WASHINGTON Nov 1 Standard Chartered is close to
wrapping up discussions to resolve U.S. investigations into its
Iran-linked transactions and nearing agreement on a fine in the
$300-million range, mirroring a much-publicized state settlement
over similar allegations, according to four people familiar with
The London-based bank agreed in August to pay New York's
banking regulator $340 million after that authority filed a
surprise order accusing the bank of hiding some $250 billion
worth of transactions with Iran.
In bringing its case in August, the New York Department of
Financial Services broke away from other authorities also
investigating the transfers, including the Manhattan District
Attorney, the U.S. Treasury Department, the New York Federal
Reserve and the Justice Department.
Standard Chartered has been in talks recently to resolve the
remaining probes through a joint settlement, the sources said.
Authorities have discussed additional fines similar to the
previous settlement, but have not yet agreed on a specific
number with the bank, these people said.
The bank's finance director said earlier this week it was
aiming for a final settlement by the end of the year.
Negotiators are hammering out the final language
of that settlement, the sources said.
Some sticking points remain, including whether the bank will
be subject to separate monitoring requirements from the New York
Federal Reserve in addition to those it already agreed to with
the state banking regulator and what the exact terms of any such
review would be, one person said.
Representatives of the bank and the U.S. authorities
concerned either declined to comment or did not immediately
respond to a request for comment.
In reaching the earlier settlement, New York banking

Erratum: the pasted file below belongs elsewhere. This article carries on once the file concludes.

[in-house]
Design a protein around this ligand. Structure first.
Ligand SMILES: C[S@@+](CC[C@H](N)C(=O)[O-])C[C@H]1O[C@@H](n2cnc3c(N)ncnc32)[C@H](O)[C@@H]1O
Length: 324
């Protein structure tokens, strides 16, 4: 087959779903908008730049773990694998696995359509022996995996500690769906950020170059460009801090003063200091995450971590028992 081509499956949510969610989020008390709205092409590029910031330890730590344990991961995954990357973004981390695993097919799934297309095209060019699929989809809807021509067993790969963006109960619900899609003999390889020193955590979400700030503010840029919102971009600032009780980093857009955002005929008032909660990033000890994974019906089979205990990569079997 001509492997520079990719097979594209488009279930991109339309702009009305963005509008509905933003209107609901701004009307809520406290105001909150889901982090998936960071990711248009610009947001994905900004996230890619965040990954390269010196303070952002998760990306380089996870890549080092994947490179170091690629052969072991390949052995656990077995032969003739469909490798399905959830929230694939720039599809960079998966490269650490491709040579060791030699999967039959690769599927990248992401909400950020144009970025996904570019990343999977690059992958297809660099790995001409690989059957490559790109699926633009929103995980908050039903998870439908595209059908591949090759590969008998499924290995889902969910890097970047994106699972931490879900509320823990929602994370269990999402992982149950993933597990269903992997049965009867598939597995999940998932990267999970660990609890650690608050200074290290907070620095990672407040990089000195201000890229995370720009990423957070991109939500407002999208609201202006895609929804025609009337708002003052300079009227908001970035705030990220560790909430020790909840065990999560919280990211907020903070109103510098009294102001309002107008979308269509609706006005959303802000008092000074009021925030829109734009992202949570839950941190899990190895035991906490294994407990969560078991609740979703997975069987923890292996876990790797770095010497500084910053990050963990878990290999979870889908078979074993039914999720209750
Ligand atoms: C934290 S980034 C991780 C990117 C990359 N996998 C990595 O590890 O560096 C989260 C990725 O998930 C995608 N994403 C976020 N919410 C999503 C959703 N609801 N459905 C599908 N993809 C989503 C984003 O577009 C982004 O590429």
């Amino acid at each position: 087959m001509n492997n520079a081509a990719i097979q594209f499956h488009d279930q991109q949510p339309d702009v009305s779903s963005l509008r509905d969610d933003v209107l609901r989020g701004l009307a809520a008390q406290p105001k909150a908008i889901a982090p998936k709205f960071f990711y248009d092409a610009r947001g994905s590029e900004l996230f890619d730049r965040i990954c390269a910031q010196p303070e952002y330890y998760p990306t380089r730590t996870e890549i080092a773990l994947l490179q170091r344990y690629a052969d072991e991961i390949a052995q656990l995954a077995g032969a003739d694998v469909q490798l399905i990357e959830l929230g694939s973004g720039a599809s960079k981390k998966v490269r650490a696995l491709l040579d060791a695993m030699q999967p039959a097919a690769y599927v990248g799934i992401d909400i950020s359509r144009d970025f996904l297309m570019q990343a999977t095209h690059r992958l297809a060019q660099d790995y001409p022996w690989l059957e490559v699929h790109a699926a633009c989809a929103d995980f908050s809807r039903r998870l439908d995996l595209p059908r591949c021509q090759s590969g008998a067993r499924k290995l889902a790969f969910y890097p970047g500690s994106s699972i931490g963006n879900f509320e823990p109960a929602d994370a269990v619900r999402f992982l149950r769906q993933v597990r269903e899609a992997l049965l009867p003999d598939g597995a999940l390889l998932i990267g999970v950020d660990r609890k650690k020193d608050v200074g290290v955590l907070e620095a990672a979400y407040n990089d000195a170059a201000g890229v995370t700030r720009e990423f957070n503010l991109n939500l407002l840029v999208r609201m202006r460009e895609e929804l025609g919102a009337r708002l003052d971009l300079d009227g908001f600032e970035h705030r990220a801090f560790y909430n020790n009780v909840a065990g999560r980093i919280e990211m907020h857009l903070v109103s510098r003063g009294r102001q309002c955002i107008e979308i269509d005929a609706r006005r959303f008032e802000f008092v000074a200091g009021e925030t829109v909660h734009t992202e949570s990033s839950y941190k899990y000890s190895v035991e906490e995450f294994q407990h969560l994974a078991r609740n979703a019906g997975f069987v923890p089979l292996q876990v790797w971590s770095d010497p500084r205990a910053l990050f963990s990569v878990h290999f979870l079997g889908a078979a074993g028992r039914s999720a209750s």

superintendent Benjamin Lawsky based his case on accusations
the bank systematically stripped information from $250 billion
worth of wire transfers linked to Iran.
The stripping helped disguise the identity of the parties.
Traditionally, federal authorities have only based their
settlements on the amount of transfers that directly breached
sanctions, not necessarily on transfers that just involved the
doctoring of information to disguise the parties.
The size of the penalty under discussion is surprising to
some because the other agencies appeared to initially be looking
at a smaller dollar amount. Federal officials said in the past
the actual sanctions-busting transactions in the Standard
Chartered case were closer to $20 million, which potentially
signaled a much smaller case.
It is unclear which charges the authorities might be using
to arrive at a larger figure, but state prosecutors at the New
York District Attorney's office may have more leeway than the
Department of Justice and the Treasury Department to levy
tougher penalties, two people familiar with the matter said.
Lawsky's order also hinted at potential issues involving
sanctioned countries other than Iran, including Libya, Myanmar
and Sudan. Such additional misconduct could be part of a larger
The offices of several key negotiators, including the
Manhattan District Attorney and the New York Fed, have been
plagued with power and other issues in the aftermath of
Hurricane Sandy, which could delay any final resolution by a few
In arriving at his settlement, Lawsky ignored the entreaties
of federal regulators to drop his own action in favor of a
single, global settlement.
Tensions between regulators appear to be continuing,
including disagreements over whether to coordinate monitoring
requirements by the New York Fed and the New York Department of
Financial Services, the sources added.